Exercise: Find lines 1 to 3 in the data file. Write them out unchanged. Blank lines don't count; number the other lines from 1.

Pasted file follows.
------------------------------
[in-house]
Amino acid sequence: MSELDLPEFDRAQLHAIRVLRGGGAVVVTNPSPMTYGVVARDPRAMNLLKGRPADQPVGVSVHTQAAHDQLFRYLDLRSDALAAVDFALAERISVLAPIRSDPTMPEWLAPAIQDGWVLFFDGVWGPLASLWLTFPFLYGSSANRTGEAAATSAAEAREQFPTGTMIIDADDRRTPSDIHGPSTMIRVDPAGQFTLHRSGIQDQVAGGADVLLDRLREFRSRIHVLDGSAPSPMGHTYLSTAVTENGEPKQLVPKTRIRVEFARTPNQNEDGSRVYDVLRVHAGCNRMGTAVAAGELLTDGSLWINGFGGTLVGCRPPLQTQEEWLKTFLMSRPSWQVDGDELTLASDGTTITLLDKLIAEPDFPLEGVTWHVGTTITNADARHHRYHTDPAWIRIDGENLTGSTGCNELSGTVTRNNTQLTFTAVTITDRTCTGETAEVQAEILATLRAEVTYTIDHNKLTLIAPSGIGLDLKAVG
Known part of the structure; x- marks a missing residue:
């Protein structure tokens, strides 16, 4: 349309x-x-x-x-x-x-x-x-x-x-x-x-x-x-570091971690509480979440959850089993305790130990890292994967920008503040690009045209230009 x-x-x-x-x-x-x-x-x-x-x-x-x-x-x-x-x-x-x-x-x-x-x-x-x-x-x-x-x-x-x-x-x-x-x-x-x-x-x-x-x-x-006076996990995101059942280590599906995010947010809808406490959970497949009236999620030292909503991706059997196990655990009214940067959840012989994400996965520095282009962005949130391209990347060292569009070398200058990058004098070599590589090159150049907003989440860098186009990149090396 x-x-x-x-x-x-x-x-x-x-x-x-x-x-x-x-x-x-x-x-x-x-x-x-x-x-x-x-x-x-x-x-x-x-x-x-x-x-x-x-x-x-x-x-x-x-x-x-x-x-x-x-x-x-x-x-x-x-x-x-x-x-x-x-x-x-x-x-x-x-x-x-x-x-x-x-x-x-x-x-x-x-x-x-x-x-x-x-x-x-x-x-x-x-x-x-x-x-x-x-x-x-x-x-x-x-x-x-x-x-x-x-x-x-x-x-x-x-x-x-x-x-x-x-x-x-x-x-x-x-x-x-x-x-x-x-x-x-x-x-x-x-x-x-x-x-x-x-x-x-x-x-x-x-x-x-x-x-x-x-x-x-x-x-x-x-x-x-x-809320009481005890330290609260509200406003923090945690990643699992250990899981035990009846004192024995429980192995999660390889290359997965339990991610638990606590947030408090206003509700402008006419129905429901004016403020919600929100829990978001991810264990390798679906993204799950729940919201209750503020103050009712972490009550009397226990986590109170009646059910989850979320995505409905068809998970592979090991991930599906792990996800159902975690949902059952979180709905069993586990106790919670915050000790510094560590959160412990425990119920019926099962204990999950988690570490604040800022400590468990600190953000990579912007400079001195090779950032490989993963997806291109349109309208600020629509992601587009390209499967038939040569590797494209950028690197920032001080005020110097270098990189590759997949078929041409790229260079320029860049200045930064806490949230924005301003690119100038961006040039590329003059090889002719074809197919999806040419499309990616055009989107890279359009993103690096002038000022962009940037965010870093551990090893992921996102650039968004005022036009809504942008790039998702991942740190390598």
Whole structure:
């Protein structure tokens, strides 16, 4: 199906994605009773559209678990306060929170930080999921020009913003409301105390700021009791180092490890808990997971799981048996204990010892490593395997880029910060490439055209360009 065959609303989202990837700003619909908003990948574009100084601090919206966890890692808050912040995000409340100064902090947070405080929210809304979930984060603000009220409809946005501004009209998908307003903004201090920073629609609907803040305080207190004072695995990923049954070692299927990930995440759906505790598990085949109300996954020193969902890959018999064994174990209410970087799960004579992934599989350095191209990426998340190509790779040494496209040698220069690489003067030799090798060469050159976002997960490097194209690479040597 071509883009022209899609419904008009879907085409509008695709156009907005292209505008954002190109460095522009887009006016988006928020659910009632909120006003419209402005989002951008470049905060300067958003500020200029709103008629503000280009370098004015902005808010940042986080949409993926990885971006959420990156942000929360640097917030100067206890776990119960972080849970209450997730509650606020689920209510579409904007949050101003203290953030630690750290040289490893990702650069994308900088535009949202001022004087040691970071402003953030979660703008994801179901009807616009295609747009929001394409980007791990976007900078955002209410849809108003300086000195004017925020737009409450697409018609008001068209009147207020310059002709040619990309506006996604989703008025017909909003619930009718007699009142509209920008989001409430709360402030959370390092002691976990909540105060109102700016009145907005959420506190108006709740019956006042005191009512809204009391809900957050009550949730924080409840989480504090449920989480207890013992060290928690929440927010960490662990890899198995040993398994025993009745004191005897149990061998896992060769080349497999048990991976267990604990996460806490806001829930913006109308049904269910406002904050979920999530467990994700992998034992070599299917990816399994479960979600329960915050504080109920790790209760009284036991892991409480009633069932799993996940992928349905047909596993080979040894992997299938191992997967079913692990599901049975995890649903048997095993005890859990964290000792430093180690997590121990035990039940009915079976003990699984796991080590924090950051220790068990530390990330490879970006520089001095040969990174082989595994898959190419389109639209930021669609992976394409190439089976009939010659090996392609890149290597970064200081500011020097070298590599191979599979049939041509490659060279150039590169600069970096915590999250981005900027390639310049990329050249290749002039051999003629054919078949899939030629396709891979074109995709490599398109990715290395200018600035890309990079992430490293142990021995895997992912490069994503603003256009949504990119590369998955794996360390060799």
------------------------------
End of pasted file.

[in-house]
Amino acid sequence: MSELDLPEFDRAQLHAIRVLRGGGAVVVTNPSPMTYGVVARDPRAMNLLKGRPADQPVGVSVHTQAAHDQLFRYLDLRSDALAAVDFALAERISVLAPIRSDPTMPEWLAPAIQDGWVLFFDGVWGPLASLWLTFPFLYGSSANRTGEAAATSAAEAREQFPTGTMIIDADDRRTPSDIHGPSTMIRVDPAGQFTLHRSGIQDQVAGGADVLLDRLREFRSRIHVLDGSAPSPMGHTYLSTAVTENGEPKQLVPKTRIRVEFARTPNQNEDGSRVYDVLRVHAGCNRMGTAVAAGELLTDGSLWINGFGGTLVGCRPPLQTQEEWLKTFLMSRPSWQVDGDELTLASDGTTITLLDKLIAEPDFPLEGVTWHVGTTITNADARHHRYHTDPAWIRIDGENLTGSTGCNELSGTVTRNNTQLTFTAVTITDRTCTGETAEVQAEILATLRAEVTYTIDHNKLTLIAPSGIGLDLKAVG
Known part of the structure; x- marks a missing residue: